The SDPrem Study
The SDPrem study is investigating characteristics and moderators of sensory modulation in preterm infants, in the first year of life. Sensory modulation occurs when our central nervous system takes in and responds to sensory information from our environment. Children can over-respond (e.g. covering ears to a loud, unexpected sound) and under-respond (e.g. not showing a reaction to pain) to many different types of sensory information. Previous studies have identified that babies and infants born early can respond differently to certain sensory experiences (e.g. being aversive to certain touch or sounds) compared to other children their age. Research has also found that there is a higher risk of developmental delay in infants born preterm. However, there is a lack of robust research in this area. This study aims to understand any differences between the sensory modulation of preterm and full term infants, and whether these differ based upon experiences such as admission to the Neonatal Intensive Care Unit (NICU) in the first year of life.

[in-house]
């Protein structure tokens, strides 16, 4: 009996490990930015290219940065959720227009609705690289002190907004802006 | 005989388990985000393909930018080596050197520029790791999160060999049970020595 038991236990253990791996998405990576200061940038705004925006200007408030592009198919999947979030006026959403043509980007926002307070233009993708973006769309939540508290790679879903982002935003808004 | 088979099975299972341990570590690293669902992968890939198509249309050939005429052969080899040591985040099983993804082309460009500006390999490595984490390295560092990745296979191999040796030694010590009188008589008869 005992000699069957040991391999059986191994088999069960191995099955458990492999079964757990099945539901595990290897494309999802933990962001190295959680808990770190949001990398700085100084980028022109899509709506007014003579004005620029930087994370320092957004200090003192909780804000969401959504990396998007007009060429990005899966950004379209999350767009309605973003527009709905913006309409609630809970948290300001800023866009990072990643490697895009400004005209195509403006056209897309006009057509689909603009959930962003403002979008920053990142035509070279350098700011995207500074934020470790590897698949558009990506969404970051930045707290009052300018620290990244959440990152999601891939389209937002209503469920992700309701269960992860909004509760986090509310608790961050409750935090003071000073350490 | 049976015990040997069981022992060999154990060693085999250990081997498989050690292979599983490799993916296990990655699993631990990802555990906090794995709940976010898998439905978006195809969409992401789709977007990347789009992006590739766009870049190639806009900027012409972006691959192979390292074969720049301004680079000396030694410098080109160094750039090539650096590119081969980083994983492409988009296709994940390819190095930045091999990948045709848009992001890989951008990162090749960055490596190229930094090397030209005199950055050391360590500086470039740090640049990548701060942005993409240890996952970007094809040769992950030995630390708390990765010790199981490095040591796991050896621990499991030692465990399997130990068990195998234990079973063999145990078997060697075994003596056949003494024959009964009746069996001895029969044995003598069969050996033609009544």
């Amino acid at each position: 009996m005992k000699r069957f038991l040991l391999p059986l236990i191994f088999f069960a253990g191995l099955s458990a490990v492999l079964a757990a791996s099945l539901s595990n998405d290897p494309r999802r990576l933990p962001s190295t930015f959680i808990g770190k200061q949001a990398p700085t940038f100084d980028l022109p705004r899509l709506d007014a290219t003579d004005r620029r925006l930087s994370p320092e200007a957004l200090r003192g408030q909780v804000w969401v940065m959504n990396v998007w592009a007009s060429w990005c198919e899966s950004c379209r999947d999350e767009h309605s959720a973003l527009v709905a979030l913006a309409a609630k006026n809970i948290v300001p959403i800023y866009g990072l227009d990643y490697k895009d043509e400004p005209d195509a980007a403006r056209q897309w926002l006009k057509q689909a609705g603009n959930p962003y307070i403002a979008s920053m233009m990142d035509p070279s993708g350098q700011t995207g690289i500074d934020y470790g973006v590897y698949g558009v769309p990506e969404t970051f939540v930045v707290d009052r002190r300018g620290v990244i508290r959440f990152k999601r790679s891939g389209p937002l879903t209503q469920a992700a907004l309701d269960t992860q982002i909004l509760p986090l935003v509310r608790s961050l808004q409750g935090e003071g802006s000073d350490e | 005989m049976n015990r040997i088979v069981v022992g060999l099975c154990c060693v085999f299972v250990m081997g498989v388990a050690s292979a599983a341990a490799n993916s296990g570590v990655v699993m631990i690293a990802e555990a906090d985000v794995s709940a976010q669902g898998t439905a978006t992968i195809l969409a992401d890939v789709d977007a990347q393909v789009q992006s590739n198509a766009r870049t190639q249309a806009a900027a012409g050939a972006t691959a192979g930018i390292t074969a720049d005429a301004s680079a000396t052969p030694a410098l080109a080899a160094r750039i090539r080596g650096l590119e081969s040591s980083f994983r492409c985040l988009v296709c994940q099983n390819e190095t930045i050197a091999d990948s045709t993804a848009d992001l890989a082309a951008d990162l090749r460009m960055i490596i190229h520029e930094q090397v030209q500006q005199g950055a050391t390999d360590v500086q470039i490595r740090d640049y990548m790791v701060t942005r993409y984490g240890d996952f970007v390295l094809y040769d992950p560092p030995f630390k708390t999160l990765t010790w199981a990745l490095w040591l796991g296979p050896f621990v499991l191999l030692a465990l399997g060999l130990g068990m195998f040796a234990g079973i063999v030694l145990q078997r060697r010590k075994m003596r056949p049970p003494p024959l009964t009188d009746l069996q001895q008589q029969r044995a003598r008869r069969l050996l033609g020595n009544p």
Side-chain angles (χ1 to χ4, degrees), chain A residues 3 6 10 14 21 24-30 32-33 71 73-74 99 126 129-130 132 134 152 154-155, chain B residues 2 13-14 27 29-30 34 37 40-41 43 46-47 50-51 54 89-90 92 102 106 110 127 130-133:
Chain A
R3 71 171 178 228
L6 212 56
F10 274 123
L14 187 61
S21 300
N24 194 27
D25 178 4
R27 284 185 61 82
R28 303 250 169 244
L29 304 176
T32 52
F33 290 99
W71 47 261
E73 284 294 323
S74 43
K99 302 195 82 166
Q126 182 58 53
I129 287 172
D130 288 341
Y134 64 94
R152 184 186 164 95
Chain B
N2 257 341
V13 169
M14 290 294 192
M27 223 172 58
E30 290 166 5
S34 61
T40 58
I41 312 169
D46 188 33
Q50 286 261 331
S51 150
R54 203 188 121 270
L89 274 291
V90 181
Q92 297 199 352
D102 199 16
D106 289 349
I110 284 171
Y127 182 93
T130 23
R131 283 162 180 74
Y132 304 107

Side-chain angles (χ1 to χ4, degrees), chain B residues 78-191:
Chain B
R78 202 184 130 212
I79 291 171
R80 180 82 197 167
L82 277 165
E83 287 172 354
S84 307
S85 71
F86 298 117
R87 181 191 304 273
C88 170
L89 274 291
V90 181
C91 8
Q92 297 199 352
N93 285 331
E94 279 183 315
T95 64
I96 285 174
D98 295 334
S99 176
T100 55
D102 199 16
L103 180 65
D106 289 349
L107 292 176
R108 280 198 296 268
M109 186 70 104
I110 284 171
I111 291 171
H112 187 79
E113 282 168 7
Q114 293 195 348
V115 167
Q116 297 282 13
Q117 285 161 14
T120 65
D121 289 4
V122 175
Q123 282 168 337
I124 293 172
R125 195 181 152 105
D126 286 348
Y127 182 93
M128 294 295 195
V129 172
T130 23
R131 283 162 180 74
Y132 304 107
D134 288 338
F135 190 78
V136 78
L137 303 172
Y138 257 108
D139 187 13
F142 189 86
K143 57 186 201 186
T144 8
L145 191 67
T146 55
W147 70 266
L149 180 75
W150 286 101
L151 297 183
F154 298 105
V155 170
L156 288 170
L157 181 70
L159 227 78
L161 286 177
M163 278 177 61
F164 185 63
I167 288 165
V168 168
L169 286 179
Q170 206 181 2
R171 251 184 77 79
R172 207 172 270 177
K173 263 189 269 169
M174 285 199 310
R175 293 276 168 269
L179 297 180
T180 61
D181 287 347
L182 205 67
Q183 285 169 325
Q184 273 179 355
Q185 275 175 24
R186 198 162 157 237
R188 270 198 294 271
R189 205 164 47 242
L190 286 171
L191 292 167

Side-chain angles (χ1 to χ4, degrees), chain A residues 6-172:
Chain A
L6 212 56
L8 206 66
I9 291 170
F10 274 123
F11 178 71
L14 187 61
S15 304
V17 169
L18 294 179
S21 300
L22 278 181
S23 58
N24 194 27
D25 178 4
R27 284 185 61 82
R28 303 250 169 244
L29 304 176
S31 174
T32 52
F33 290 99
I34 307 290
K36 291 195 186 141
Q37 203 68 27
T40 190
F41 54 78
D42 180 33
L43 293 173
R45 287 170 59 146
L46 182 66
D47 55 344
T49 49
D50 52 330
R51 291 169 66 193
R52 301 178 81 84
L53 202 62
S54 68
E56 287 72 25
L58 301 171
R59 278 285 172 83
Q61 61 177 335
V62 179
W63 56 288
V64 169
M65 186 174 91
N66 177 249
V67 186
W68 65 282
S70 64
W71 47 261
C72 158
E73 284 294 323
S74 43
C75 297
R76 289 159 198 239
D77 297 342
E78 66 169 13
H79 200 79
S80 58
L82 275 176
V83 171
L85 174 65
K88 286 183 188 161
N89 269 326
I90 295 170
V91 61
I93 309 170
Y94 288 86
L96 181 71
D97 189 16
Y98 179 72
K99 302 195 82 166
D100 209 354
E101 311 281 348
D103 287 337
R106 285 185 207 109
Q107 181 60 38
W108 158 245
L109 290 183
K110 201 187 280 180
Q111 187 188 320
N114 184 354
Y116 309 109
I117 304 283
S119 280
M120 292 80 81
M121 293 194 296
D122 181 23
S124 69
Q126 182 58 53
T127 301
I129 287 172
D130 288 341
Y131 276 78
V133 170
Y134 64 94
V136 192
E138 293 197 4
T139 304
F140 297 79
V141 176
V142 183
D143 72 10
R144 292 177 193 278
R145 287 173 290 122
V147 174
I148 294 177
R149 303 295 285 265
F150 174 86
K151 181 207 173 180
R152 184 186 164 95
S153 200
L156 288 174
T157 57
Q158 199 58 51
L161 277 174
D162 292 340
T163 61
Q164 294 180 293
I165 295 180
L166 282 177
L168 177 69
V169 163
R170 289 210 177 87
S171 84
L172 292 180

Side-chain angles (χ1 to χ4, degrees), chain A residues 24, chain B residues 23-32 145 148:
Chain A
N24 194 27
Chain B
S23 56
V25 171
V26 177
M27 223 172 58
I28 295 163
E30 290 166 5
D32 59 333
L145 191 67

Who can participate?
- Infants born at John Hunter Children’s Hospital who were admitted to the Neonatal Intensive Care Unit (NICU) at birth, and are aged between 10 and 14 months, at the time of testing.
- Infants who were born at the John Hunter Children’s Hospital who were not admitted to the NICU at birth, and are aged between 10 and 14 months, at the time of testing